Older tires can kill you

I’ve written before about the age of car tires and how it affects their performance.  It seems old tires may have directly contributed to the death a few years ago of actor Paul Walker, well-known for his starring role in The Fast and the Furious movie franchise.  Yahoo News reports:

A tire … does two things: it sticks to the road by nature of its rubber chemical compound, and it disperses water using the tread pattern cut into the tire.

. . .

With collector cars, especially cars driven less than a few thousand miles a year, the problem is that while your tread may look good, the rubber is old and dry, and simply will not work properly. The chemical compounds in your tires will degrade over time, significantly reducing your available grip, or worse, blowing out a sidewall under load.

. . .

Roger [Rodas], an avid car collector with more than 50 cars to his name—including what I believe is the largest collection of Saleen cars in the world—had just bought himself a Porsche Carrera GT out of a long-term collection.

. . .

Once around the block was all it took to kill them both. The 3,500 mile Carrera GT was shod with its original tires. They, like the car attached to them, were 9 years old.

Roger lost control of the Carrera GT at an estimated 90 mph, and hit a tree.

The mainstream media, and indeed many automotive-focused web sites, simply couldn’t wait to report on the irony of the situation, that someone known for playing a character who drives crazy is killed in a supercar doing double the speed limit in an office park.

I was distraught the first couple of days, but honestly, all I could think about was how the crash happened, and I just kept going back to that day at Spring Mountain. This was a super low-mileage car. Roger was a really good driver. There were no other cars around or last-minute obstacles to avoid. It had to have been on original tires.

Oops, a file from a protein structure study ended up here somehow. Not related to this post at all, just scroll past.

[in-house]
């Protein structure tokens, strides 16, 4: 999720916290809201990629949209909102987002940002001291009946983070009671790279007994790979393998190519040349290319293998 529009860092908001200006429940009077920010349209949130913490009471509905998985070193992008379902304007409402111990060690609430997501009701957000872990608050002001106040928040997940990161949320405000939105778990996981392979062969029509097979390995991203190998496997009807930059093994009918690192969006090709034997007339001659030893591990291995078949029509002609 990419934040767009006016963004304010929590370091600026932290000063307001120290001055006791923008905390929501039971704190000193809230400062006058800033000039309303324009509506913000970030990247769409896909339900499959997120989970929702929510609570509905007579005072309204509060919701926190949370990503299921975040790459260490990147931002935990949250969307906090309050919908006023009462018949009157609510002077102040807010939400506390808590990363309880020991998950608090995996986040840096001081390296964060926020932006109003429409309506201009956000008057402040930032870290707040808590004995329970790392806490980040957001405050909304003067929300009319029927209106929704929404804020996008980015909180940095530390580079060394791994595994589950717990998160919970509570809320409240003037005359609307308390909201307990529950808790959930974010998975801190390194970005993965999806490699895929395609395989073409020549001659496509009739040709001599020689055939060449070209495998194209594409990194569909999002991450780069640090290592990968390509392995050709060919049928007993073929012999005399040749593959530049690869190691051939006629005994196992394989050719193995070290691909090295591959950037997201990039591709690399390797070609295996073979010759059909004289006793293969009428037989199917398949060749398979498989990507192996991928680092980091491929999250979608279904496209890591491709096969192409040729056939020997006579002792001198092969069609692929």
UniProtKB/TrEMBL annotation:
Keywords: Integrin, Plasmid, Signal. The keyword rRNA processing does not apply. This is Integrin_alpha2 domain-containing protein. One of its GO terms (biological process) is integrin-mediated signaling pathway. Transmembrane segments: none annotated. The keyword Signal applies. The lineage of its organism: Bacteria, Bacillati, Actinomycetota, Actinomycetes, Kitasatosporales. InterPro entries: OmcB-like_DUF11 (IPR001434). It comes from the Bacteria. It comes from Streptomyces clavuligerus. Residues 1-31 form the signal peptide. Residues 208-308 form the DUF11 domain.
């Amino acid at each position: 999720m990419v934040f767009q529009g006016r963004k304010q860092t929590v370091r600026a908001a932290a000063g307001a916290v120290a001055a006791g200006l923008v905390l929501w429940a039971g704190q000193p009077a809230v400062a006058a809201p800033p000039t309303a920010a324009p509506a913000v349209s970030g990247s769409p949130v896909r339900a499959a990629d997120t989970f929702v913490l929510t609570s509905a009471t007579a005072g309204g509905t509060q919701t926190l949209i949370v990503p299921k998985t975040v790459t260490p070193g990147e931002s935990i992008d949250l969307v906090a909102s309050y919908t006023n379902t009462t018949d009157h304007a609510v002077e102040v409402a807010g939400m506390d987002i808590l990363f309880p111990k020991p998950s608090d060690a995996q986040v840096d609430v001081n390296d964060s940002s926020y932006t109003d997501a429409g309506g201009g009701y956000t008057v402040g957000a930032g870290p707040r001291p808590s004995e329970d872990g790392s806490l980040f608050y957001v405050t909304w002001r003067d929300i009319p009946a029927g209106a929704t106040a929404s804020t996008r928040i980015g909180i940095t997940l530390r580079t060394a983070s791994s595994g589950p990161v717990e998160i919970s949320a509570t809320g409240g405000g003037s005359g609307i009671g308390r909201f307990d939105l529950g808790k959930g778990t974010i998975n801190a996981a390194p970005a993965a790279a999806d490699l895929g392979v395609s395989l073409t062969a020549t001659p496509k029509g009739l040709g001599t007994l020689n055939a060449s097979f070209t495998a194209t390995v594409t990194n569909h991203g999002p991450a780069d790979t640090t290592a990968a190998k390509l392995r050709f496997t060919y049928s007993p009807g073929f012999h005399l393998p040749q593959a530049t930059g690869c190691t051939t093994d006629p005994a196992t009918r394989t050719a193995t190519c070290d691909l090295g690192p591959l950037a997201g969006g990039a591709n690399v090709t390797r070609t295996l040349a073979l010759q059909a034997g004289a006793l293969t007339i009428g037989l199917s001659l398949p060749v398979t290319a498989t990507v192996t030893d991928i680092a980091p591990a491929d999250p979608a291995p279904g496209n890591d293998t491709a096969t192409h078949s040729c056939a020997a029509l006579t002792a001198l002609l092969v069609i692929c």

No one talked about the tires. Everyone wanted to hang Paul and Roger out to dry as their speeding scapegoats. The tires were a footnote to an exaggerated story, and it became a missed opportunity to teach a very real lesson. The LA Times reported one article on it nearly 5 months after the crash, and that was it. The cause of the crash was still ruled “unsafe speed for the conditions.” And not “tires, which may as well have been made of paper mache.”

There’s more at the link.  Recommended reading for automotive buffs.

It’s not just collector’s cars, of course – it’s any vehicle with tires older than five or six years.  I bought my pickup in 2005, fitted with Michelin tires that were already two years old at that point (according to their manufacturing date), although of course they hadn’t been used at all except to get the vehicle to the dealer, and for test drives.  I drove it on those tires until 2013.  I now understand I’m fortunate not to have had one or more of them fail on me, particularly during occasional long-distance trips at steady, higher speeds.  The rubber compound in the tires had aged to the point that it was no longer sufficiently flexible, and could no longer provide a good enough ‘grip’ on the road to be safe, particularly in wet, slippery conditions.

I recommend to all my readers that you check the date code on your tires right away.  (If you don’t know where to find it, see here.)  If you live in a hotter, drier climate, and your tires are more than six years old, I strongly suggest that you consider replacing them at once, even if their tread is still within legal limits.  Their rubber compound may have deteriorated to the point that they no longer provide as much grip on the road as you expect.  If you live in a cooler, moister climate, they may be good for a little longer;  but I’d check with an expert, just to be sure.  As far as I’m concerned, living in Texas as I now do, where the summers (and the roads) get very hot, six years is going to be my guiding limit.

(Also, if you buy used tires, check the date code, and don’t buy them if they’re more than five or six years old.  You’ll be buying problems you can’t see with the naked eye.)



  1. 911's can be squirrely cars on a good day and when you drive them like an idiot, they tend to swap ends.

    Would new race rated radials help, sure but you still need to drive within your limits.


  2. I replaced the tires on my pickup at 10 years, even though: 1) the truck had been garage-kept (at both ends of the commute) and the tires were not subject to UV except while actually driving, and; 2) had fewer than 50K miles on them (FYI, they were premium Michelins).

    I have a full second set (all 4 tires) matching the set on the truck, mounted on wheels and stored indoors in an airconditioned environment, on which the tires are 5 years younger than what's on the truck. The second set is mounted, balanced and stored at 3 PSI, and has snow chains mounted (I live someplace that experiences little snow but has the potential for ice storms) and I can change wheels in about 6 minutes per axle. When it comes time to mount them I'll inflate them to 30 PSI then.